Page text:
LightSquared Inc. on Monday settled its dispute with lenders and a Dish Network Corp. Chairman Charlie Ergen-owned vehicle over auction procedures for a LightSquared subsidiary’s assets with the hope that a buyer will be finalized by the end of the year.
The deal keeps the $2.22 billion offer from Ergen’s L-Band Acquisition Corp. on the table, which senior lenders had worried might be withdrawn if it weren’t selected as the stalking horse bidder for the auction. It also allows Harbinger Capital Partners LLC, the Philip Falcone-controlled hedge fund that owns LightSquared, to potentially select another buyer for the valuable wireless spectrum assets or move forward with its own Chapter 11 plan outside of the auction.
At a hearing before U.S. Bankruptcy Judge Shelley C. Chapman, attorneys for LightSquared presented proposed procedures for a late November auction that will allow interested buyers to bid under an asset purchase agreement proposed by LBAC and another proposed by U.S. Bank NA and MAST Capital Management LLC for a smaller group of assets. Judge Chapman said she would approve the procedures.
“We’re giving everybody the option to bid under whatever contract they want to bid under,” Matthew Barr of Milbank Tweed Hadley & McCloy LLP, representing LightSquared, said. Potential buyers may bid for whatever portion of the assets they want and Harbinger may offer a bid as well.
LBAC and MAST are considered qualified bidders at the auction and LBAC will serve as a backup bidder if another buyer is selected but the transaction falls through. If LightSquared’s independent committee overseeing the sale process selects a bidder other than LBAC, LBAC is entitled to a breakup fee of 2 1/3 percent of the final transaction price, or at least $51.8 million. That fee could be bumped up to 3 percent.
Judge Chapman also signed off on the appointment of a third member of the independent committee. Christopher Rogers, a former senior vice president for Sprint Nextel Corp., will round out the board after LightSquared failed to get its previous nominee for the spot approved because of an allegedly tumultuous history with Dish.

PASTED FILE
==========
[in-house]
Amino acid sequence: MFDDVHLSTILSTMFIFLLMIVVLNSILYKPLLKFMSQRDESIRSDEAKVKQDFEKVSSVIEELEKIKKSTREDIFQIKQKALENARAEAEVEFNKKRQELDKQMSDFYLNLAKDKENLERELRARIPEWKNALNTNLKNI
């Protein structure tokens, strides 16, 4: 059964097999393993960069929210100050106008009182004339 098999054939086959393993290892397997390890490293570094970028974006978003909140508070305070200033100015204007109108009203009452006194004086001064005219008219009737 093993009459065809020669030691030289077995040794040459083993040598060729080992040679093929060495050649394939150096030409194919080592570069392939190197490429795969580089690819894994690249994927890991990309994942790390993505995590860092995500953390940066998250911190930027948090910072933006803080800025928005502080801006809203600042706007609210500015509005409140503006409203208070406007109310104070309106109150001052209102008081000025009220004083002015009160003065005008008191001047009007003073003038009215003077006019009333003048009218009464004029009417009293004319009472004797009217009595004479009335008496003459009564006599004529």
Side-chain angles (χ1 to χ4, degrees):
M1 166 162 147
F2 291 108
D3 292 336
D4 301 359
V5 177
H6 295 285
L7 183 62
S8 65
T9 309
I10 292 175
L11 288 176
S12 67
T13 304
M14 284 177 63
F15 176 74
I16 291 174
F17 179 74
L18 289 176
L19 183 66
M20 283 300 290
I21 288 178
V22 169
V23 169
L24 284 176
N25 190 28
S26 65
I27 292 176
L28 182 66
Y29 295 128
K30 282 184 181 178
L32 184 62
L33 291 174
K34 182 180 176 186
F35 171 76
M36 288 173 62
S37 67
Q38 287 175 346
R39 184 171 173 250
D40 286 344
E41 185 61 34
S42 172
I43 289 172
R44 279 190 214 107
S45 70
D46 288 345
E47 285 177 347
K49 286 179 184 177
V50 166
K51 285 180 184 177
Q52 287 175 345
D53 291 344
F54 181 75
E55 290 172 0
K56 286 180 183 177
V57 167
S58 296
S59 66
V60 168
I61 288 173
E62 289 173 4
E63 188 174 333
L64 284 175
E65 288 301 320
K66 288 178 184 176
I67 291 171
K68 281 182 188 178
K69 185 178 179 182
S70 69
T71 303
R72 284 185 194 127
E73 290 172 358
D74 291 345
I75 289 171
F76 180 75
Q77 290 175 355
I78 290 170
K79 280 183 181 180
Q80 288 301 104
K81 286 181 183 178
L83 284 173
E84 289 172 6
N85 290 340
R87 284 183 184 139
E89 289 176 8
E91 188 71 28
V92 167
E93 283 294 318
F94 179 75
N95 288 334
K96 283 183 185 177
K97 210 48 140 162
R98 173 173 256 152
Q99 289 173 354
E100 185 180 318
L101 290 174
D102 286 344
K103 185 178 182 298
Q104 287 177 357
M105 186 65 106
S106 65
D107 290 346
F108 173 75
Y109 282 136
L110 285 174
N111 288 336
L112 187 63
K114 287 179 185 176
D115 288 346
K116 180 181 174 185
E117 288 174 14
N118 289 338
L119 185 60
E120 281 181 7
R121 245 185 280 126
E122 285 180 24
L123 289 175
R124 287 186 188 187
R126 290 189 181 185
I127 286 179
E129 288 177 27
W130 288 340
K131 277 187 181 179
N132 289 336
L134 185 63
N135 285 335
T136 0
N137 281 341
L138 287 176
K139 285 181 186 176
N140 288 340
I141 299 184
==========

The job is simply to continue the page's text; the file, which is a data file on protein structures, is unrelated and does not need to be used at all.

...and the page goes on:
Rogers and the other members of the committee will each receive $35,000 per month through December and $25,000 per month from January on.
LightSquared is still in the process of obtaining approval from the Federal Communications Commission for use of certain wireless spectrum.
Last month, Harbinger launched a $4 billion suit against Dish and Ergen, saying they fraudulently schemed to prevent Harbinger from maintaining control of LightSquared. The hedge fund contends Ergen and his company deprived Harbinger of its investment in and control of LightSquared and its valuable wireless spectrum, and misappropriated the spectrum assets at a discount to their true value.
LightSquared entered bankruptcy in May 2012, hours before time ran out to renegotiate terms of its $1.7 billion debt. The wireless startup listed $4.48 billion in assets and $2.29 billion in liabilities in its voluntary Chapter 11 petition in the face of a congressional probe and an investor suit after its plans to build a nationwide 4G network ran afoul of telecom regulators.
LightSquared is represented by Matthew S. Barr, Alan J. Stone, Andrew M. Leblanc and Karen Gartenberg of Milbank Tweed Hadley & McCloy LLP.
The lenders are represented by Glenn M. Kurtz, Andrew C. Ambruoso, Thomas E. Lauria and Matthew C. Brown of White & Case LLP.
The independent special committee is represented by Paul Basta and Joshua Sussberg of Kirkland & Ellis LLP.
L-BAC is represented by Rachel Strickland and James C. Dugan of Willkie Farr & Gallagher LLP.
The case is In re: LightSquared Inc., case No. 1:12-bk-12080, in the U.S. Bankruptcy Court for the Southern District of New York.